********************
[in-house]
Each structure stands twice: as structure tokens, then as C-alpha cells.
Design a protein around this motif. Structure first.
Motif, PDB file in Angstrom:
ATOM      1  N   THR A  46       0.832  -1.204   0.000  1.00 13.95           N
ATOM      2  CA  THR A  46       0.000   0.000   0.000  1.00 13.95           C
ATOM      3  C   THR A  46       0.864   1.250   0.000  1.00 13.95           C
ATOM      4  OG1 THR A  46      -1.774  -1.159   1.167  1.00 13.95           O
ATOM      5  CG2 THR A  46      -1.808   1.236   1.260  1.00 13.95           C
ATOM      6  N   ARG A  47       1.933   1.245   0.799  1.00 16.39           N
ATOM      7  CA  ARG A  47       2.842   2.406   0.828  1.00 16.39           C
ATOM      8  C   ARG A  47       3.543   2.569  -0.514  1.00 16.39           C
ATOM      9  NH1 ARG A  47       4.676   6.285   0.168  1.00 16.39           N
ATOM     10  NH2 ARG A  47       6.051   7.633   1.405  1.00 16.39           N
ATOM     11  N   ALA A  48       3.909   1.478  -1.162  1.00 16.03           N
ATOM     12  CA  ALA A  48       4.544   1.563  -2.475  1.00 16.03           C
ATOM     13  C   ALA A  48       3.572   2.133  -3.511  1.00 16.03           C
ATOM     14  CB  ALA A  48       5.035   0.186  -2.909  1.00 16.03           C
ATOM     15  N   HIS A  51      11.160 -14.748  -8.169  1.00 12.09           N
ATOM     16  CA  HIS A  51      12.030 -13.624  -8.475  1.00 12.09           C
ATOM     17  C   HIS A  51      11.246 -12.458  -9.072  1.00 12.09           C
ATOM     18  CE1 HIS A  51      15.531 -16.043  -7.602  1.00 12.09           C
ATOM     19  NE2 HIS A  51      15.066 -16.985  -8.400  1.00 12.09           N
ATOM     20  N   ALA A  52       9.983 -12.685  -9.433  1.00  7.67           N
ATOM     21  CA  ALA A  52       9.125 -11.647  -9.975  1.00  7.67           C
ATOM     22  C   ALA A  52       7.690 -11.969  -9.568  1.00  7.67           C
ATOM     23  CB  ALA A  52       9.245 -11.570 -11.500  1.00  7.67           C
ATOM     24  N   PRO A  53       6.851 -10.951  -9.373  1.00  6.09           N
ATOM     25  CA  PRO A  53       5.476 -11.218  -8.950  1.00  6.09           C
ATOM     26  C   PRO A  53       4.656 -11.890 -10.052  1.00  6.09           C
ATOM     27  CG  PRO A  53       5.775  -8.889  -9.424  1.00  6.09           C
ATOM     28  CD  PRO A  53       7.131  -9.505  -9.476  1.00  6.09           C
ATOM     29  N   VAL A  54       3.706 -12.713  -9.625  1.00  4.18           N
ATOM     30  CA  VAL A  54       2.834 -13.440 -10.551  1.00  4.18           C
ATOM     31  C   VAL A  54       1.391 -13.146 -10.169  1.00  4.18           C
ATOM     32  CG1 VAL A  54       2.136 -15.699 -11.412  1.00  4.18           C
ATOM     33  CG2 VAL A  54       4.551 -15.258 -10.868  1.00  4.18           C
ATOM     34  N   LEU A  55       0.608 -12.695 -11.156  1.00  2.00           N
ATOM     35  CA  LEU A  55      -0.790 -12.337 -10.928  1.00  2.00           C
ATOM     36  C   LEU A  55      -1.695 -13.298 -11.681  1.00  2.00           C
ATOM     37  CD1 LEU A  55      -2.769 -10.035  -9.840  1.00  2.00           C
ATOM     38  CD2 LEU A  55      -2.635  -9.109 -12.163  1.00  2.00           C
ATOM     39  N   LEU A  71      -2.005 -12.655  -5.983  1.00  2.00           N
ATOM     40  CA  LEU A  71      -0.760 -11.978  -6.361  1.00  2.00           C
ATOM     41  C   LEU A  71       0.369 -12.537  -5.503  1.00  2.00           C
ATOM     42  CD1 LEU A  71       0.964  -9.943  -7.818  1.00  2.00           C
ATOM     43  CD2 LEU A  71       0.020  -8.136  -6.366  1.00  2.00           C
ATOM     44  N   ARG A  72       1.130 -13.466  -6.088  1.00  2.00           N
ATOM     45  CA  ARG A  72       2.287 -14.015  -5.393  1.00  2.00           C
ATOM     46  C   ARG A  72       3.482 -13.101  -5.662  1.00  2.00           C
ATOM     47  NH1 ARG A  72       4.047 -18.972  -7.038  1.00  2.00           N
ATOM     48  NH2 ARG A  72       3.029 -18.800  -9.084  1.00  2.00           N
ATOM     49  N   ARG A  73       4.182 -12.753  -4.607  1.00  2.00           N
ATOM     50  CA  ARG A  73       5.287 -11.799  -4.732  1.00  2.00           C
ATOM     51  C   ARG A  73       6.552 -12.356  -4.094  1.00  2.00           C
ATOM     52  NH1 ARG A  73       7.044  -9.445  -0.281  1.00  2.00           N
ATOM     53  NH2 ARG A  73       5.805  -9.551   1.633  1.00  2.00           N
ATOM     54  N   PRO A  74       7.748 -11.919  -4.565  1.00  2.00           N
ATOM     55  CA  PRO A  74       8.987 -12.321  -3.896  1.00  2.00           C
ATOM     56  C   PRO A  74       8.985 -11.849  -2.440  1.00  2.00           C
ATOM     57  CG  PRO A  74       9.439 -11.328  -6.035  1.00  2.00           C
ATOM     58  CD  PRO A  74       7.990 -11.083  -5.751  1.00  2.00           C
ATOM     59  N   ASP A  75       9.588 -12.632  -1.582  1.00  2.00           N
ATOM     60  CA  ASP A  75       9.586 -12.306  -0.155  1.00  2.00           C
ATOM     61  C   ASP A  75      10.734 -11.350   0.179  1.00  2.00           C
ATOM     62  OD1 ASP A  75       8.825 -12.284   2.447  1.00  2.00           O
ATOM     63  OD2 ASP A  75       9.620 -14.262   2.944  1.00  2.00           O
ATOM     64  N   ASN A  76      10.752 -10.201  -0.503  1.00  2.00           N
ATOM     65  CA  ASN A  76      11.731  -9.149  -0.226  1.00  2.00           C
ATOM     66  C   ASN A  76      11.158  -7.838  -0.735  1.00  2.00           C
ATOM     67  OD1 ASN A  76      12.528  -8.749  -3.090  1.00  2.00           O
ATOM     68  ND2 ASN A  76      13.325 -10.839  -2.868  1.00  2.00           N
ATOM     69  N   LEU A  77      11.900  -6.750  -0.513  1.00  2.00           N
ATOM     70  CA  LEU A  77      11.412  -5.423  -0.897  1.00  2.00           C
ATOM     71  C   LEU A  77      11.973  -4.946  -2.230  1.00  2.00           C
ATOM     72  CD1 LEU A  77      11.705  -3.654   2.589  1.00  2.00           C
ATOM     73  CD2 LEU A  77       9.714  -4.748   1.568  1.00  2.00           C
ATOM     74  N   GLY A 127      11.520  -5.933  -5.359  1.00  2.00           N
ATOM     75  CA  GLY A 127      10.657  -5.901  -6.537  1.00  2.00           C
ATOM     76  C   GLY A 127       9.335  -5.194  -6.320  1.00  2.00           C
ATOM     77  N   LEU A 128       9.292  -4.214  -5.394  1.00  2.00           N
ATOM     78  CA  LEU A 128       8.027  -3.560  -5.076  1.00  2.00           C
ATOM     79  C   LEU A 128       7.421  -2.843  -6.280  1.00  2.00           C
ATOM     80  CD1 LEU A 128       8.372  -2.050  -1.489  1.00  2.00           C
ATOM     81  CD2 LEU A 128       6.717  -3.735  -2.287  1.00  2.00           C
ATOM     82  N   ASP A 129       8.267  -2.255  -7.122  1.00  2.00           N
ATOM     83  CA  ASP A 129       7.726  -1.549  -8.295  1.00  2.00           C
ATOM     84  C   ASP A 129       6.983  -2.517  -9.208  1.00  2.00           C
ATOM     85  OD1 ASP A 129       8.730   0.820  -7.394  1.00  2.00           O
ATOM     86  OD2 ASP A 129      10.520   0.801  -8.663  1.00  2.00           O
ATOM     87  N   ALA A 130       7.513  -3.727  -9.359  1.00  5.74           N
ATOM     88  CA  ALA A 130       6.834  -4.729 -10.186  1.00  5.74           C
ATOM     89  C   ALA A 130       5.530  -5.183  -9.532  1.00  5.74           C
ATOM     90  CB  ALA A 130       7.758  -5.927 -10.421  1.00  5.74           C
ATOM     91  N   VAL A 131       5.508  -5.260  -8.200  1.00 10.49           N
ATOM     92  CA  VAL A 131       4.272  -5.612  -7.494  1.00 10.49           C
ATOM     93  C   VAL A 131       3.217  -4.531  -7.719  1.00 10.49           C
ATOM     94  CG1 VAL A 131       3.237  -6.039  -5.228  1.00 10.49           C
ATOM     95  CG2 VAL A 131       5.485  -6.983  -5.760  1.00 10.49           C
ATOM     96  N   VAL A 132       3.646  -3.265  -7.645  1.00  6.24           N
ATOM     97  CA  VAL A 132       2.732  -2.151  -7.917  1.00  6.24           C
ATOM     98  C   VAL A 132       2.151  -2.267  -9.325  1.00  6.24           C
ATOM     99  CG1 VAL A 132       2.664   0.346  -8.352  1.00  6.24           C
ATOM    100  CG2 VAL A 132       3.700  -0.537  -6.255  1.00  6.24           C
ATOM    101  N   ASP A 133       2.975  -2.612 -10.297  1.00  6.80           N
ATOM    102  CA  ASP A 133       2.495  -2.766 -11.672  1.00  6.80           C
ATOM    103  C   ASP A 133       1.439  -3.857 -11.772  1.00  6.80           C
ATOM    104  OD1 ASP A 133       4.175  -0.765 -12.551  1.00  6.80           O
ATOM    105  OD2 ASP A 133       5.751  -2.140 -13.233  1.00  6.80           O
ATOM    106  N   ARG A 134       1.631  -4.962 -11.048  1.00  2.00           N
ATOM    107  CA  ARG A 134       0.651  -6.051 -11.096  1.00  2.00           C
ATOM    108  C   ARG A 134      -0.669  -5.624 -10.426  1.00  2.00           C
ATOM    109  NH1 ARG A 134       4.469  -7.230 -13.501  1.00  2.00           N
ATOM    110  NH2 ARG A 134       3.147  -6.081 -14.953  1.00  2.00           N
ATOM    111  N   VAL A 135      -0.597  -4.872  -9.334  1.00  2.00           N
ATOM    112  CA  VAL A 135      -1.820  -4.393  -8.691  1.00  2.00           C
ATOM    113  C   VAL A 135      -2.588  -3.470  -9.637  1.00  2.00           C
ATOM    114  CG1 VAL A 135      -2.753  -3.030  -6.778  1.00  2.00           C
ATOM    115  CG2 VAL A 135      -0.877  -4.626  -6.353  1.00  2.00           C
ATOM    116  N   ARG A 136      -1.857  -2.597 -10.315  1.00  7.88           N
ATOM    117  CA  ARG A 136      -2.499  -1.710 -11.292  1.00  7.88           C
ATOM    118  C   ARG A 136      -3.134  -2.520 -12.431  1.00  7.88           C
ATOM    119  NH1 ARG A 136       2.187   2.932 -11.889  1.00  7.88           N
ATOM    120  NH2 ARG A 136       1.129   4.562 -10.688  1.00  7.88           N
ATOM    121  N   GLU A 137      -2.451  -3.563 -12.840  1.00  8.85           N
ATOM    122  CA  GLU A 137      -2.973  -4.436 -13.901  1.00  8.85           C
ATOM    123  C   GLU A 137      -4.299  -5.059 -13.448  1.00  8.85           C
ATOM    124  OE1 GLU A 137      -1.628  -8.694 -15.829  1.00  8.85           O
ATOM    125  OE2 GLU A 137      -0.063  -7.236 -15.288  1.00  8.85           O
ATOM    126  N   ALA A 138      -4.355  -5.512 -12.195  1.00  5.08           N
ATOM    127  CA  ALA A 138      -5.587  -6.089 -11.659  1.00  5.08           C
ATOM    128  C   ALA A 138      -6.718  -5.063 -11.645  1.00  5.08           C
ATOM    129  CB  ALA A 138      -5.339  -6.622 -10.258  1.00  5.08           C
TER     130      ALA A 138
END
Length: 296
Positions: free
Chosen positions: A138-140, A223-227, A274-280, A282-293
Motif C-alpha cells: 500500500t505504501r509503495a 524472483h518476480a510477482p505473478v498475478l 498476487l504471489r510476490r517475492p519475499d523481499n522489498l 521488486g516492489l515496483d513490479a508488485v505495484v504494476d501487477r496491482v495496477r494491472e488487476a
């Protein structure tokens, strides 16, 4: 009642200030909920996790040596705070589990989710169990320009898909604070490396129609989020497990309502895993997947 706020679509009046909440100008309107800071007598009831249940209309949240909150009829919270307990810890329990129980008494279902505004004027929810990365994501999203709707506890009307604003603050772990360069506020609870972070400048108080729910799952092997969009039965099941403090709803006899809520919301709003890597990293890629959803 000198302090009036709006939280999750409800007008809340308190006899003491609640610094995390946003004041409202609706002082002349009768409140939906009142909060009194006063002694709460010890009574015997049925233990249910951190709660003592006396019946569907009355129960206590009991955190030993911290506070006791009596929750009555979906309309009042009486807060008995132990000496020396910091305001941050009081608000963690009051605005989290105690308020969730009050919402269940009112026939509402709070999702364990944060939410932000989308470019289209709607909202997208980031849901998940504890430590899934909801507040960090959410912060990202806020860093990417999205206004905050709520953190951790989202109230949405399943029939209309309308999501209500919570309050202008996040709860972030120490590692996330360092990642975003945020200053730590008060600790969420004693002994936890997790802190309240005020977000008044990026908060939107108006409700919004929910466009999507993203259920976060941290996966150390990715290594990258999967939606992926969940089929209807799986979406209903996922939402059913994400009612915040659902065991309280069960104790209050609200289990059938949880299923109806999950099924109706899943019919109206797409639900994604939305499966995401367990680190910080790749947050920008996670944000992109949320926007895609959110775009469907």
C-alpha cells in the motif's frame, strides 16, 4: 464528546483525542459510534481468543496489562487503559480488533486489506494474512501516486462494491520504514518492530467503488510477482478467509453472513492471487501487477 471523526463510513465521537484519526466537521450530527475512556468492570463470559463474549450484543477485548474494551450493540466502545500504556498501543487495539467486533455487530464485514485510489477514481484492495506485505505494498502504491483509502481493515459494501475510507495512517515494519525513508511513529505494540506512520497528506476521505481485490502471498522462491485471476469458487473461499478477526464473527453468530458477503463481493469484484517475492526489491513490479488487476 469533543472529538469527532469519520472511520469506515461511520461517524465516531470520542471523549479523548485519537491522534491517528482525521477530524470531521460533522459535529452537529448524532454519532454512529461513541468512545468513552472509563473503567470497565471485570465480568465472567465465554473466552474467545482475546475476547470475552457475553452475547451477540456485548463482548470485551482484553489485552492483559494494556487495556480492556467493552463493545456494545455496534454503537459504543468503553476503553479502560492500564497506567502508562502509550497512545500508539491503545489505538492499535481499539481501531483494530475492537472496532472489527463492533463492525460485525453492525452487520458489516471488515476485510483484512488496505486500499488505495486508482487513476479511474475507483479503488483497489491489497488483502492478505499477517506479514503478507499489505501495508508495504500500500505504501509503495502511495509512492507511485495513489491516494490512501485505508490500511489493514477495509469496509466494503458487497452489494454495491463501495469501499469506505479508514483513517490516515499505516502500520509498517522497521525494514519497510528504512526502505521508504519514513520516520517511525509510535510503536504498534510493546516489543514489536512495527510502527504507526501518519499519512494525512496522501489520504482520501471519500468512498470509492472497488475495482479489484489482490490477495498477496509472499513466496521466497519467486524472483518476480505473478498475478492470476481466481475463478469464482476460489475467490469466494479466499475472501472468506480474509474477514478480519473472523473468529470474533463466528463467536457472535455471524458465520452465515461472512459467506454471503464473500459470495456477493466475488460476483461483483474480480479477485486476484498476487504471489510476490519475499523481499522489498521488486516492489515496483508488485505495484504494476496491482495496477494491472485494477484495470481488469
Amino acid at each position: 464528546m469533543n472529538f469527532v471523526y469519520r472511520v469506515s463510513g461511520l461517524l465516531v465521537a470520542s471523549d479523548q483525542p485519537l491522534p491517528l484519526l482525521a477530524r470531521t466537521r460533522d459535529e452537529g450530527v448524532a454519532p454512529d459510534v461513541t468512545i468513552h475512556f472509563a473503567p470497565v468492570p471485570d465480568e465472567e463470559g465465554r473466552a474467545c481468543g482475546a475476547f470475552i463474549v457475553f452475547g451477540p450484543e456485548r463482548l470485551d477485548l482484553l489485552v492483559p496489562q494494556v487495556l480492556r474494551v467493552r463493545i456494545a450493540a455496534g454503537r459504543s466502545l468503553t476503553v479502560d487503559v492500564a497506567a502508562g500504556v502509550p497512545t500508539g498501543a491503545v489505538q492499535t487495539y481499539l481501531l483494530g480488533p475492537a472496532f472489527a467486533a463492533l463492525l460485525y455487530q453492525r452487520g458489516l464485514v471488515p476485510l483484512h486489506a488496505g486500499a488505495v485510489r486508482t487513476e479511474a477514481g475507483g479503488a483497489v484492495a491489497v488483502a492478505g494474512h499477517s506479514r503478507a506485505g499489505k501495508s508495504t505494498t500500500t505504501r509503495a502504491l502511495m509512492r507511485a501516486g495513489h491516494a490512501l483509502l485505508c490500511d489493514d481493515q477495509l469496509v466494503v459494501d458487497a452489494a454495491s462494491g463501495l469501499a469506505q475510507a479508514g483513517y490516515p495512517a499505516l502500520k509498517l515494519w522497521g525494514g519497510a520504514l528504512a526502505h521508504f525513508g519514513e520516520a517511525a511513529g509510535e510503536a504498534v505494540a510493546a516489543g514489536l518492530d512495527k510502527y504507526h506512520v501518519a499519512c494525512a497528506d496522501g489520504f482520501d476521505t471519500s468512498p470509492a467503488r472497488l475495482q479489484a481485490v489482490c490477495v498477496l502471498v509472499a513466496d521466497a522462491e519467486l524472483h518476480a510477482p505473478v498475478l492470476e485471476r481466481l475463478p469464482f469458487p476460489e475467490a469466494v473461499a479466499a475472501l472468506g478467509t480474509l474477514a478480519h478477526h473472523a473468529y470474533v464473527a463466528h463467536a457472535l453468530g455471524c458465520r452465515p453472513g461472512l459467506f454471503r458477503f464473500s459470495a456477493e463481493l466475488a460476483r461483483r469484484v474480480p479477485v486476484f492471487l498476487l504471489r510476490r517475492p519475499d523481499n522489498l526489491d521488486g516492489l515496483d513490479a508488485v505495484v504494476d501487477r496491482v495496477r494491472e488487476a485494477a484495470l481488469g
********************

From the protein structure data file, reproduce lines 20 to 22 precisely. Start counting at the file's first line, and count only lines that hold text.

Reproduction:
ATOM     16  CA  HIS A  51      12.030 -13.624  -8.475  1.00 12.09           C
ATOM     17  C   HIS A  51      11.246 -12.458  -9.072  1.00 12.09           C
ATOM     18  CE1 HIS A  51      15.531 -16.043  -7.602  1.00 12.09           C